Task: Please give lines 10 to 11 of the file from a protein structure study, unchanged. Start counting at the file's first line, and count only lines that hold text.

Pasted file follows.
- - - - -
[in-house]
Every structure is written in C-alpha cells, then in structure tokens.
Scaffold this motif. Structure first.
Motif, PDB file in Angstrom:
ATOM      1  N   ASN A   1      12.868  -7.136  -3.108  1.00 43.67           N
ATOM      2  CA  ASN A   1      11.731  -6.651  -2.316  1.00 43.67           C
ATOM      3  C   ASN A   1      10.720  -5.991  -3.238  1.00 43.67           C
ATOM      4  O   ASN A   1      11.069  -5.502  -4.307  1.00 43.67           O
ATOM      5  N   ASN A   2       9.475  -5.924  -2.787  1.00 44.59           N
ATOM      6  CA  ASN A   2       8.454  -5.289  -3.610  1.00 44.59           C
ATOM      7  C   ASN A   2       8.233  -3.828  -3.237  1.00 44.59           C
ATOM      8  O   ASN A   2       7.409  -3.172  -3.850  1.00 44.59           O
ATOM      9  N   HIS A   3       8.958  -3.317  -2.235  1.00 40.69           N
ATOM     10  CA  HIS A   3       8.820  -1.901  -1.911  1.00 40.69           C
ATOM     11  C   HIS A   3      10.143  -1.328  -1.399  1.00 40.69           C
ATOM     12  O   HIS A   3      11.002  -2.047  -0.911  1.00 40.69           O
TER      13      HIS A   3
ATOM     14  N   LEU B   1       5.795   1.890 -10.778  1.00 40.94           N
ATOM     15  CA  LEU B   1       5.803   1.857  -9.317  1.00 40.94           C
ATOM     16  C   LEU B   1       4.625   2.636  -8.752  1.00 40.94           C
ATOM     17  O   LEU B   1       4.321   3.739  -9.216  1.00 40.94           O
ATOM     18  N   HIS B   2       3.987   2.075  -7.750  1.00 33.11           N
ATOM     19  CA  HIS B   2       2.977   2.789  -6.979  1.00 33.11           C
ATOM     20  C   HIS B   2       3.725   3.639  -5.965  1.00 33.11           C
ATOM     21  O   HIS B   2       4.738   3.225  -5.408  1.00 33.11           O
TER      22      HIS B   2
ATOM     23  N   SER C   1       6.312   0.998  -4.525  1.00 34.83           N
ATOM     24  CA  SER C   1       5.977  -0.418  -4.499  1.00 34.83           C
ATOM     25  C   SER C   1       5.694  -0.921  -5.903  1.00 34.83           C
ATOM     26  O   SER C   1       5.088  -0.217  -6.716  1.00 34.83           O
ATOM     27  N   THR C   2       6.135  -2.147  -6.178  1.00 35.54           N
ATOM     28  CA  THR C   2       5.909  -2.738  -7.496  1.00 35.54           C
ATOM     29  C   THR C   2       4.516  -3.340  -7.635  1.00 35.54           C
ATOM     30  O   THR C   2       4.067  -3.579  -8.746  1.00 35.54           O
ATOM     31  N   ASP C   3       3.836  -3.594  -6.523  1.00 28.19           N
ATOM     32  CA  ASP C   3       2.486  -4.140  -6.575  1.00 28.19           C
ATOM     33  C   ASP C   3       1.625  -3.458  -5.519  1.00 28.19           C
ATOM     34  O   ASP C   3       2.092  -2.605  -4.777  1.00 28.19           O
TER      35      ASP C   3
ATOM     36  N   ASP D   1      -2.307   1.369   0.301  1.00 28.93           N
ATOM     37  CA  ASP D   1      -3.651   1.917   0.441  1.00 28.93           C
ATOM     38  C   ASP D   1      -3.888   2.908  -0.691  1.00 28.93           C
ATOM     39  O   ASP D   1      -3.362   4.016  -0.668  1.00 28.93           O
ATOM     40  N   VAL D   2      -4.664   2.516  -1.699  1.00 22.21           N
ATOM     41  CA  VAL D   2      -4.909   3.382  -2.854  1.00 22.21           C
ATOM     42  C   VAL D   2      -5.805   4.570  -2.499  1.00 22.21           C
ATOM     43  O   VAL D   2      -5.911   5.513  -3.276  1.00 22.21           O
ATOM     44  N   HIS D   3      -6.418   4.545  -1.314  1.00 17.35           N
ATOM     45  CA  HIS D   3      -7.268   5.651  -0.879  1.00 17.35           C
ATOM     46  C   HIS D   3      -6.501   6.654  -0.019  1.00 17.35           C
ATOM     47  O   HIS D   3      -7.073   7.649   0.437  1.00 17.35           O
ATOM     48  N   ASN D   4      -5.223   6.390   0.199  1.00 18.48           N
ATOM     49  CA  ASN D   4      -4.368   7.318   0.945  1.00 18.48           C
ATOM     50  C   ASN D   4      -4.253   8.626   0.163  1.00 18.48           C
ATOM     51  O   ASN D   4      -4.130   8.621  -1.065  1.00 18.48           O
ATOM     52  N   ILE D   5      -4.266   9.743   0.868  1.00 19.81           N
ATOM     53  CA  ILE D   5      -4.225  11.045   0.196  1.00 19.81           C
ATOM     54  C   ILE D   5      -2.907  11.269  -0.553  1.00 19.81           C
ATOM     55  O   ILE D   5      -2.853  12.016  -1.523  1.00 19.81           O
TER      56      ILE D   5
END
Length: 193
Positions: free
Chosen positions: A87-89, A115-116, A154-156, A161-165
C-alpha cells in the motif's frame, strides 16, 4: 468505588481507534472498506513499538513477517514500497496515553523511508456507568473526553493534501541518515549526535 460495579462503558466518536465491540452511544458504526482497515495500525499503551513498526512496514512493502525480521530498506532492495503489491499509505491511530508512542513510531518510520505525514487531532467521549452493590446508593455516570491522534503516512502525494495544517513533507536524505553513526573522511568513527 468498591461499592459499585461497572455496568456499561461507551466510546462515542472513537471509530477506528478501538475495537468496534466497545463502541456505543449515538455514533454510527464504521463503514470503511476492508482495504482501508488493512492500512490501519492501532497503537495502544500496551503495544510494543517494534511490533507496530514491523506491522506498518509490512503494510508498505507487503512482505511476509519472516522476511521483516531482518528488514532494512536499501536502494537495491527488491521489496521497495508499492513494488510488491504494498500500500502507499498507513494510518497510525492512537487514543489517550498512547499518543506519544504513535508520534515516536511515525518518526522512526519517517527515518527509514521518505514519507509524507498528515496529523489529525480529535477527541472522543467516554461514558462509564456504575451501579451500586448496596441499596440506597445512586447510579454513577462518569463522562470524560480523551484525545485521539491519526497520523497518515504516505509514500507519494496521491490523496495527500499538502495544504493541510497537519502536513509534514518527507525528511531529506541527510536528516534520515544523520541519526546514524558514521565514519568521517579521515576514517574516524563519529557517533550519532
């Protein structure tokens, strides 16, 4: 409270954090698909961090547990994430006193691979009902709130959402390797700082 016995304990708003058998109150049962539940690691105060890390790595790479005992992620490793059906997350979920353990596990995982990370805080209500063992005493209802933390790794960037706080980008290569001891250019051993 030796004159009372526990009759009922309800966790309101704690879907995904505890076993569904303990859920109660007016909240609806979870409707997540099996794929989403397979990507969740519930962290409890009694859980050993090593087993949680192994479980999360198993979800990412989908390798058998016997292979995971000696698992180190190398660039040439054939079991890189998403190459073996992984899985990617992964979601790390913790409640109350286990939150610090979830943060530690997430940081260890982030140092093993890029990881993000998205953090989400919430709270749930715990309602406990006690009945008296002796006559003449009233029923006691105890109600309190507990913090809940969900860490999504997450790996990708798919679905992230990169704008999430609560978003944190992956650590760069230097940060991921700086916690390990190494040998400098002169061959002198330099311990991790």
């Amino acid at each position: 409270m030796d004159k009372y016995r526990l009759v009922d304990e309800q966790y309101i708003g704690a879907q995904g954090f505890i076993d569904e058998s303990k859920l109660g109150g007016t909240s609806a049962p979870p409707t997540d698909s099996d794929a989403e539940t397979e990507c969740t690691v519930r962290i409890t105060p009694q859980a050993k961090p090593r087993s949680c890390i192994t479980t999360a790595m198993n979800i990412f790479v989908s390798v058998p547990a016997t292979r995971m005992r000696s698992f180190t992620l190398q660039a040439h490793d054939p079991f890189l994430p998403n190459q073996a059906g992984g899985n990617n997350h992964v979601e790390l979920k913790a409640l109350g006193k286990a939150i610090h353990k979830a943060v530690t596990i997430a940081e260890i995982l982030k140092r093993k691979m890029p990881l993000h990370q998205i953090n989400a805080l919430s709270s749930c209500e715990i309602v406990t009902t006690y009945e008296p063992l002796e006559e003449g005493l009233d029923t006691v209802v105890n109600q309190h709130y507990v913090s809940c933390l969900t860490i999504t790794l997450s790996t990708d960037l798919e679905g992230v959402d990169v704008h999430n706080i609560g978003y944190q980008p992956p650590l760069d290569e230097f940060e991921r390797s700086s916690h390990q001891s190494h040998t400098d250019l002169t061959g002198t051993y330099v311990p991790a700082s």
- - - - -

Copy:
ATOM      6  CA  ASN A   2       8.454  -5.289  -3.610  1.00 44.59           C
ATOM      7  C   ASN A   2       8.233  -3.828  -3.237  1.00 44.59           C